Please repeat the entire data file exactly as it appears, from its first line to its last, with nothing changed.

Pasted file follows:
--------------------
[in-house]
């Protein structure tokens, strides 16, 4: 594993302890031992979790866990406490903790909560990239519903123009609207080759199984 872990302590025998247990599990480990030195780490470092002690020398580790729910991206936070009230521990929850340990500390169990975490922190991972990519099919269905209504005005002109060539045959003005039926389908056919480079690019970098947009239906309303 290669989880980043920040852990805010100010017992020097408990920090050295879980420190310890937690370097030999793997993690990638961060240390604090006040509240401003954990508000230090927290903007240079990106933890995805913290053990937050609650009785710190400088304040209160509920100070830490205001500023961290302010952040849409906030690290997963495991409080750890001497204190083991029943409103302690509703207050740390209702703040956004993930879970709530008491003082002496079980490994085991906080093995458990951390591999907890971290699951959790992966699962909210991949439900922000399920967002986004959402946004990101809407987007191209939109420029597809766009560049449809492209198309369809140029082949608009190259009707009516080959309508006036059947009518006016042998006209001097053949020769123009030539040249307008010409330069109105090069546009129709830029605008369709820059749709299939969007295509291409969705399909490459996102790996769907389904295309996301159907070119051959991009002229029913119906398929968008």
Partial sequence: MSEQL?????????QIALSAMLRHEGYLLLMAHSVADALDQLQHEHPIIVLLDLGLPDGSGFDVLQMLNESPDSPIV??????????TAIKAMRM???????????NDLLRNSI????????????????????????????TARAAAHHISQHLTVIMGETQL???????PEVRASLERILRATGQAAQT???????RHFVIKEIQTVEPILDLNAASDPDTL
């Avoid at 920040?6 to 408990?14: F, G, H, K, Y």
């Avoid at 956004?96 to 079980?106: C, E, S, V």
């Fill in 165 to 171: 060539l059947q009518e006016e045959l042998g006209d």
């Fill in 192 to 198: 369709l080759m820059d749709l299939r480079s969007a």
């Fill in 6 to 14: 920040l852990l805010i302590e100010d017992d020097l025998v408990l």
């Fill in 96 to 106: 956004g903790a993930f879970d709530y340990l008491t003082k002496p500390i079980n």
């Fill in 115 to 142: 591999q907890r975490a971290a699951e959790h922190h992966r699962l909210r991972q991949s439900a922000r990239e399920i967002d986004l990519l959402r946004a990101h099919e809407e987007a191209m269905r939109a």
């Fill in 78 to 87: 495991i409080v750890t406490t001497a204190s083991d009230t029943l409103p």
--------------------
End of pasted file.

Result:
[in-house]
């Protein structure tokens, strides 16, 4: 594993302890031992979790866990406490903790909560990239519903123009609207080759199984 872990302590025998247990599990480990030195780490470092002690020398580790729910991206936070009230521990929850340990500390169990975490922190991972990519099919269905209504005005002109060539045959003005039926389908056919480079690019970098947009239906309303 290669989880980043920040852990805010100010017992020097408990920090050295879980420190310890937690370097030999793997993690990638961060240390604090006040509240401003954990508000230090927290903007240079990106933890995805913290053990937050609650009785710190400088304040209160509920100070830490205001500023961290302010952040849409906030690290997963495991409080750890001497204190083991029943409103302690509703207050740390209702703040956004993930879970709530008491003082002496079980490994085991906080093995458990951390591999907890971290699951959790992966699962909210991949439900922000399920967002986004959402946004990101809407987007191209939109420029597809766009560049449809492209198309369809140029082949608009190259009707009516080959309508006036059947009518006016042998006209001097053949020769123009030539040249307008010409330069109105090069546009129709830029605008369709820059749709299939969007295509291409969705399909490459996102790996769907389904295309996301159907070119051959991009002229029913119906398929968008």
Partial sequence: MSEQL?????????QIALSAMLRHEGYLLLMAHSVADALDQLQHEHPIIVLLDLGLPDGSGFDVLQMLNESPDSPIV??????????TAIKAMRM???????????NDLLRNSI????????????????????????????TARAAAHHISQHLTVIMGETQL???????PEVRASLERILRATGQAAQT???????RHFVIKEIQTVEPILDLNAASDPDTL
């Avoid at 920040?6 to 408990?14: F, G, H, K, Y």
């Avoid at 956004?96 to 079980?106: C, E, S, V």
């Fill in 165 to 171: 060539l059947q009518e006016e045959l042998g006209d």
């Fill in 192 to 198: 369709l080759m820059d749709l299939r480079s969007a």
């Fill in 6 to 14: 920040l852990l805010i302590e100010d017992d020097l025998v408990l």
């Fill in 96 to 106: 956004g903790a993930f879970d709530y340990l008491t003082k002496p500390i079980n």
């Fill in 115 to 142: 591999q907890r975490a971290a699951e959790h922190h992966r699962l909210r991972q991949s439900a922000r990239e399920i967002d986004l990519l959402r946004a990101h099919e809407e987007a191209m269905r939109a």
């Fill in 78 to 87: 495991i409080v750890t406490t001497a204190s083991d009230t029943l409103p």